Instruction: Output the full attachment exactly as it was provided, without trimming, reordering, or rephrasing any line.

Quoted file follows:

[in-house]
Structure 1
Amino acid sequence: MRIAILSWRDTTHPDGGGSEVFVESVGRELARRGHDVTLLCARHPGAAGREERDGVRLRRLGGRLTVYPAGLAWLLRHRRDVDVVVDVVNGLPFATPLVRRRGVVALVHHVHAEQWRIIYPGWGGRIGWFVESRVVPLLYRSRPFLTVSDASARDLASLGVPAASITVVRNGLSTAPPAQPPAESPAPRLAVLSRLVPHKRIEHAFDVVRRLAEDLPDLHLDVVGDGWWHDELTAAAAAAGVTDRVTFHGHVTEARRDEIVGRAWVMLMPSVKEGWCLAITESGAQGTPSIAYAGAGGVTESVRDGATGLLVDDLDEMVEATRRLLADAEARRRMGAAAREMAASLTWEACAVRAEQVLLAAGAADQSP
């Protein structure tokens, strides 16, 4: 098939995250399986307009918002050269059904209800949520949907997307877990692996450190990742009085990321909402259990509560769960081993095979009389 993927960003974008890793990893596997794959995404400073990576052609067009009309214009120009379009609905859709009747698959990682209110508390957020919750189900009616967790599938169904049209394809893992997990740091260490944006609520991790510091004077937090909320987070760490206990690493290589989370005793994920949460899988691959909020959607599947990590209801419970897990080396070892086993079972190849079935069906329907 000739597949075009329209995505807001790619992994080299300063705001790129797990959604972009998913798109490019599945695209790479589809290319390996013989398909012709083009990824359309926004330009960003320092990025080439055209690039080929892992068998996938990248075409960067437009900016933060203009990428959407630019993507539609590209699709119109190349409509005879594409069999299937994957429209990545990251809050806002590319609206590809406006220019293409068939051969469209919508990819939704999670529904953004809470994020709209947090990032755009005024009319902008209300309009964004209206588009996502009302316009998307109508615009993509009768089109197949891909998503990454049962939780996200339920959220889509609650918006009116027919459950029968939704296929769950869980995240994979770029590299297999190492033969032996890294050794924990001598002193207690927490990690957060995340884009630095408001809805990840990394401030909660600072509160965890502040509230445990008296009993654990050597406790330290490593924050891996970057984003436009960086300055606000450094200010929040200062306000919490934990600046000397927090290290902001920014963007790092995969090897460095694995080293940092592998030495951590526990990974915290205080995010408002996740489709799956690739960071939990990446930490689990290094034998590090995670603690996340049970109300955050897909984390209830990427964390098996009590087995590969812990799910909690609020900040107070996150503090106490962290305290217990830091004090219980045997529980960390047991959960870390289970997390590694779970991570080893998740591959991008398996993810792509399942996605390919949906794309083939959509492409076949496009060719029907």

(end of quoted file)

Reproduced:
[in-house]
Structure 1
Amino acid sequence: MRIAILSWRDTTHPDGGGSEVFVESVGRELARRGHDVTLLCARHPGAAGREERDGVRLRRLGGRLTVYPAGLAWLLRHRRDVDVVVDVVNGLPFATPLVRRRGVVALVHHVHAEQWRIIYPGWGGRIGWFVESRVVPLLYRSRPFLTVSDASARDLASLGVPAASITVVRNGLSTAPPAQPPAESPAPRLAVLSRLVPHKRIEHAFDVVRRLAEDLPDLHLDVVGDGWWHDELTAAAAAAGVTDRVTFHGHVTEARRDEIVGRAWVMLMPSVKEGWCLAITESGAQGTPSIAYAGAGGVTESVRDGATGLLVDDLDEMVEATRRLLADAEARRRMGAAAREMAASLTWEACAVRAEQVLLAAGAADQSP
């Protein structure tokens, strides 16, 4: 098939995250399986307009918002050269059904209800949520949907997307877990692996450190990742009085990321909402259990509560769960081993095979009389 993927960003974008890793990893596997794959995404400073990576052609067009009309214009120009379009609905859709009747698959990682209110508390957020919750189900009616967790599938169904049209394809893992997990740091260490944006609520991790510091004077937090909320987070760490206990690493290589989370005793994920949460899988691959909020959607599947990590209801419970897990080396070892086993079972190849079935069906329907 000739597949075009329209995505807001790619992994080299300063705001790129797990959604972009998913798109490019599945695209790479589809290319390996013989398909012709083009990824359309926004330009960003320092990025080439055209690039080929892992068998996938990248075409960067437009900016933060203009990428959407630019993507539609590209699709119109190349409509005879594409069999299937994957429209990545990251809050806002590319609206590809406006220019293409068939051969469209919508990819939704999670529904953004809470994020709209947090990032755009005024009319902008209300309009964004209206588009996502009302316009998307109508615009993509009768089109197949891909998503990454049962939780996200339920959220889509609650918006009116027919459950029968939704296929769950869980995240994979770029590299297999190492033969032996890294050794924990001598002193207690927490990690957060995340884009630095408001809805990840990394401030909660600072509160965890502040509230445990008296009993654990050597406790330290490593924050891996970057984003436009960086300055606000450094200010929040200062306000919490934990600046000397927090290290902001920014963007790092995969090897460095694995080293940092592998030495951590526990990974915290205080995010408002996740489709799956690739960071939990990446930490689990290094034998590090995670603690996340049970109300955050897909984390209830990427964390098996009590087995590969812990799910909690609020900040107070996150503090106490962290305290217990830091004090219980045997529980960390047991959960870390289970997390590694779970991570080893998740591959991008398996993810792509399942996605390919949906794309083939959509492409076949496009060719029907």